Tuesday, August 14, 2012

A Primer on Pensions



Okay. Here is something to get your blood going: Pension plans. There are two key types of Pension plans and the big differences between them. This is all before we hop into accounting of it all with terms such as: actuarial balances and pension benefit obligations. If you don't understand the basics, then you won't understand the complicated stuff that comes next.

-Pays out until the employee dies
-Pays out until the money is exhausted
-Non-transferable to a beneficiary
-Transferable to a beneficiary
-Pay-as-you-go
-Pre-paid
-Usually administered by the Employer 

-Usually administered by the Employer
-Usually relatively more money on an annual basis compared to Direct Contribution 
-Usually relatively less money on an annual basis compared to   Direct Benefit
-Employee contribution expected 
-Employee contribution not expected
-Fixed payment plan, cannot cash out
-Individual can structure own payment plan, including cash out option



















Why are we hearing about pension plans more now more so than we were before?

A lot of the defined benefit plans were signed 20-30 years ago and now that group of employees are beginning to retire. Private businesses and the government doesn't have the money to pay these pensioners.

Why didn't they put enough money away to pay those obligations?

Most did, but all the money was tied up in stocks, bonds, and other financial instruments to make healthy returns. When the economy collapsed, their portfolios decreased in value considerably. Those employers with defined benefit plans were still on the hook for a whole lot of money that they thought they had.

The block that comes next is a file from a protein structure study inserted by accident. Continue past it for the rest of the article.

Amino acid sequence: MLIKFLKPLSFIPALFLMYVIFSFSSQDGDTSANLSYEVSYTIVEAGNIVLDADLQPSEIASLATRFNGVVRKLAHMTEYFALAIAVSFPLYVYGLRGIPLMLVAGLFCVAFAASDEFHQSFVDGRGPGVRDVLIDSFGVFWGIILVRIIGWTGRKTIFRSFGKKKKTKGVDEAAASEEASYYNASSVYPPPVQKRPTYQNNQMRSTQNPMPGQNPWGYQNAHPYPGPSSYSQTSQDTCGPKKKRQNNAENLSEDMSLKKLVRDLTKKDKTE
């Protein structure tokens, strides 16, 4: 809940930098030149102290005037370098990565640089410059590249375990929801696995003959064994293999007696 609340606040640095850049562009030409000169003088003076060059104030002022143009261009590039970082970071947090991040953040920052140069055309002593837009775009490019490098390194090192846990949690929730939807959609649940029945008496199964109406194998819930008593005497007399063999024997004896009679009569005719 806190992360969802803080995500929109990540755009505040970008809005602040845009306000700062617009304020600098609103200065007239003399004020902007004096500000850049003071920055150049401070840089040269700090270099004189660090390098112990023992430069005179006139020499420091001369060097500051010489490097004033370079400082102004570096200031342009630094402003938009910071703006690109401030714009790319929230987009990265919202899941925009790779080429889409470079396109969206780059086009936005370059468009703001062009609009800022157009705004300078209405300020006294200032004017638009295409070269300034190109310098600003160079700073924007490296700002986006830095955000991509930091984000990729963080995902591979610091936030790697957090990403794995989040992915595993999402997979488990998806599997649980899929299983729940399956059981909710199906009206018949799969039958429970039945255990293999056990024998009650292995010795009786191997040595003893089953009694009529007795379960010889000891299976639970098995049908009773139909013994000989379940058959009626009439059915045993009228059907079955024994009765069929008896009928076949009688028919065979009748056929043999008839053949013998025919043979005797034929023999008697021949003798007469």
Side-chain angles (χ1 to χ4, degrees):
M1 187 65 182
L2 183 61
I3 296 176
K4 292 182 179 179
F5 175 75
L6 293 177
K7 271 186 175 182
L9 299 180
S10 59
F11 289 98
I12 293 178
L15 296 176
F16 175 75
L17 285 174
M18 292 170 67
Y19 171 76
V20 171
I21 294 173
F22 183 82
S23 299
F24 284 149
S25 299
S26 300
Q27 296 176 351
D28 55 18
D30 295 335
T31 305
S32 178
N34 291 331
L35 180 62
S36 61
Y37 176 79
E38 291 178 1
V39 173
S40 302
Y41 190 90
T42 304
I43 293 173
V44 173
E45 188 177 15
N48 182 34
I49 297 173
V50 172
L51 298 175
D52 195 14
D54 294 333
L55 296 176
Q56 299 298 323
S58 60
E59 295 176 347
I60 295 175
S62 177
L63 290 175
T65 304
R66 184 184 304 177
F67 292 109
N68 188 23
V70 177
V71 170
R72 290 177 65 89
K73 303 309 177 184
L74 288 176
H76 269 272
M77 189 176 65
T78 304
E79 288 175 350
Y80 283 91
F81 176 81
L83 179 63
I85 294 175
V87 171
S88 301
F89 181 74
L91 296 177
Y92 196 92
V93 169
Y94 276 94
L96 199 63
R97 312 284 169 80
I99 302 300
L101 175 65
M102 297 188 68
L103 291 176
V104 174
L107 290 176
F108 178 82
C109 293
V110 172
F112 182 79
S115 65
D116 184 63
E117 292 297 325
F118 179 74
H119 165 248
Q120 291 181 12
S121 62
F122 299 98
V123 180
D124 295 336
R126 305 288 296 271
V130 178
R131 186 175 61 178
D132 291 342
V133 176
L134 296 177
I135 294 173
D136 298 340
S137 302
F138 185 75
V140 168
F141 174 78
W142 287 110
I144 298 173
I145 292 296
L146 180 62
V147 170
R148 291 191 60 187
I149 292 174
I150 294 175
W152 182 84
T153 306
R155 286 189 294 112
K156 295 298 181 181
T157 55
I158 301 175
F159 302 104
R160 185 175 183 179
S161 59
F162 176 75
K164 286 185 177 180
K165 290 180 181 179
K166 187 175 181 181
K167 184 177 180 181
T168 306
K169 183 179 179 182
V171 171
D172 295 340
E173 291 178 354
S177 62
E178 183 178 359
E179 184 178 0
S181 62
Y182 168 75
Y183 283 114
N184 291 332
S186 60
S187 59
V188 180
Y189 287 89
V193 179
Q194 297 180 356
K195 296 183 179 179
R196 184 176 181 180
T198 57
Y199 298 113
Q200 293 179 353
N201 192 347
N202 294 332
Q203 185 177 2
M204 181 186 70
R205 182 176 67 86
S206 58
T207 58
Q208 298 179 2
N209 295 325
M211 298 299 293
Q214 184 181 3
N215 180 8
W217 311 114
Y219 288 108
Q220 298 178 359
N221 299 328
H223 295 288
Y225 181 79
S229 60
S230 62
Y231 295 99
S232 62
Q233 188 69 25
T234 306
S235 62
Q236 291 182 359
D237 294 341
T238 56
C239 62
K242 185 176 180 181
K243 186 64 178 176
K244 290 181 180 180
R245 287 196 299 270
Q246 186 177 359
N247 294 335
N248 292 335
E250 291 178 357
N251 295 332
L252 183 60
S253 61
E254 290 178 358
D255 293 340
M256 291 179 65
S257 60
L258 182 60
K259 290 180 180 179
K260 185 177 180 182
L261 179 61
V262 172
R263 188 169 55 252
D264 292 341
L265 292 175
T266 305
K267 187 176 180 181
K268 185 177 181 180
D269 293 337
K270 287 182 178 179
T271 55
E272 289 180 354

Why the sudden move to defined contribution plans then?

Because the party with the risk changes. Once the employer forks over the money to the individual (or the fund on their behalf), then they are completely off the hook. If the economy nose-dives again, then its the individual who loses out and not the government.

It's also a way for employers to give a lot less in benefits to those who have a hard time doing math. The same logic goes for why the lottery raises a lot of money. It's a tax on people who are bad at math. This is why being good at math goes a long way in life.


Why didn't employers do this before?

If the economy is growing, then the employer has to pitch less money in to fund the pension plan because the financial instruments are covering more of their obligation. The employer gets to harvest the upside risk. In a good economy, the employer wants defined benefit and the employee wants defined contribution. In a bad economy, its the other way around. Basically, no one is predicting strong growth any time soon and therefore everyone is moving over... or getting rid of future pensions entirely.


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